This same power-dynamic might be replicated in other sectors once China understands the extent of its competitive advantage. Beyond the OBOR, China would also like to connect the Eurasian continent through digital lanes alongside physical ones. It has thus sought to penetrate the incipient market for 5G telecommunications by ensuring that its tele-communication companies be granted the right to develop and expand 5G connections. Unlike other countries, such as Japan or Australia, Italy has graciously allowed the Chinese telecommunication giant Huawei to build and construct new infrastructure for smart cities in Italy, among others. The risks inherent to this are multiple, but primarily due to fear of missing out, Italy might once again be allured by a quick win and into signing a deal with Huawei or ZTE to the detriment of its long-term competitiveness and potentially handing the ownership of its data sources to a non-democratic regime in doing so.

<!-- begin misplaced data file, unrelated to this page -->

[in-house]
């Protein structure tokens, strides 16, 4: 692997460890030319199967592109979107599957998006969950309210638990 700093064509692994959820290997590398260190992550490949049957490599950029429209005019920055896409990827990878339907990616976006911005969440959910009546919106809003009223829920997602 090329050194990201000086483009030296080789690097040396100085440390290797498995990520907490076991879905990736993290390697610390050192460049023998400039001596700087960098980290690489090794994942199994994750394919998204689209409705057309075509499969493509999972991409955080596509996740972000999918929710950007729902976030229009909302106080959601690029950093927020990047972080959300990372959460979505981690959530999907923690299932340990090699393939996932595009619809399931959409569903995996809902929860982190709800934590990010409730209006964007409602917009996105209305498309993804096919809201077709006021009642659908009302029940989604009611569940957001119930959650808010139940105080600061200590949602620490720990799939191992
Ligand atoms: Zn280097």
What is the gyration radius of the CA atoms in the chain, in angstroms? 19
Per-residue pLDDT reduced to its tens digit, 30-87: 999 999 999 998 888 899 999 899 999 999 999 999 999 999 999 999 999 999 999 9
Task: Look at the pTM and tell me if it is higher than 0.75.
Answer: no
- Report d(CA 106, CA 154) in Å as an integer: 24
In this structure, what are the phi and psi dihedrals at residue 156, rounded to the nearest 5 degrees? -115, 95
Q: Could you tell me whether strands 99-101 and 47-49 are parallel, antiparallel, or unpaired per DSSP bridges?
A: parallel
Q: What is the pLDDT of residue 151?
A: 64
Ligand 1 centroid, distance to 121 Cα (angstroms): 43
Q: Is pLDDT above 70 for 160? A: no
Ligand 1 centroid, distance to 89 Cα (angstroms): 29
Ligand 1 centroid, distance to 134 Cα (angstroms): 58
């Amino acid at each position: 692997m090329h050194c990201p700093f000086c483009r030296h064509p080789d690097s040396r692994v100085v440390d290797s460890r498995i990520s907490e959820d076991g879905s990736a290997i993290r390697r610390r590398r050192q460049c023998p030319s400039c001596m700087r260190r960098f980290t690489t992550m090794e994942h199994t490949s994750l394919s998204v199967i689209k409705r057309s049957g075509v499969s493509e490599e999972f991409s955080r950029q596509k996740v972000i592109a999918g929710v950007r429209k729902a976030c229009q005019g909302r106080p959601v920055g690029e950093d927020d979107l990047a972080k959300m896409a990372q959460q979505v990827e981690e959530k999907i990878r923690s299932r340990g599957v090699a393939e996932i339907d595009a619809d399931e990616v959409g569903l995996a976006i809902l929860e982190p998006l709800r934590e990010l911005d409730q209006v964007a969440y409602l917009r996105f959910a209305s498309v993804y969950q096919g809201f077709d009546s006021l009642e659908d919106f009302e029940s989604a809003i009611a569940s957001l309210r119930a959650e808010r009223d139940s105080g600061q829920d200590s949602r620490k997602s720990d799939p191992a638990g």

However, it is not yet too late for Italy to avoid falling into a permanent debt-trap and becoming a data slave to the Chinese Communist party. It can still disallow greater Chinese participation in its 5G network development. If wise enough, it could gain Western support in developing this technology, far away from the hands of an unfriendly regime. Moreover, Italy’s leadership must try not to play at being little Marco Polos and stop believing that it will be able to ride the Chinese dragon. A coherent and firm Italian response to Chinese overtures can be possible only if it is a European response. Indeed, Italy should consult with its neighbours and allies in future transaction to assess whether it, and Europe, stand to gain from any Chinese investment. Having said this, the prospect of future trade with China should not come at the expense of braver political moves on the part of Italy with regards to denouncing the Human rights situation in China. Hopefully one day Italy and Europe will rise from their supine position and condemn the Chinese abuses in Xinjiang, Tibet and perhaps Hong Kong, while lending moral support to China’s fledgling democracy movement.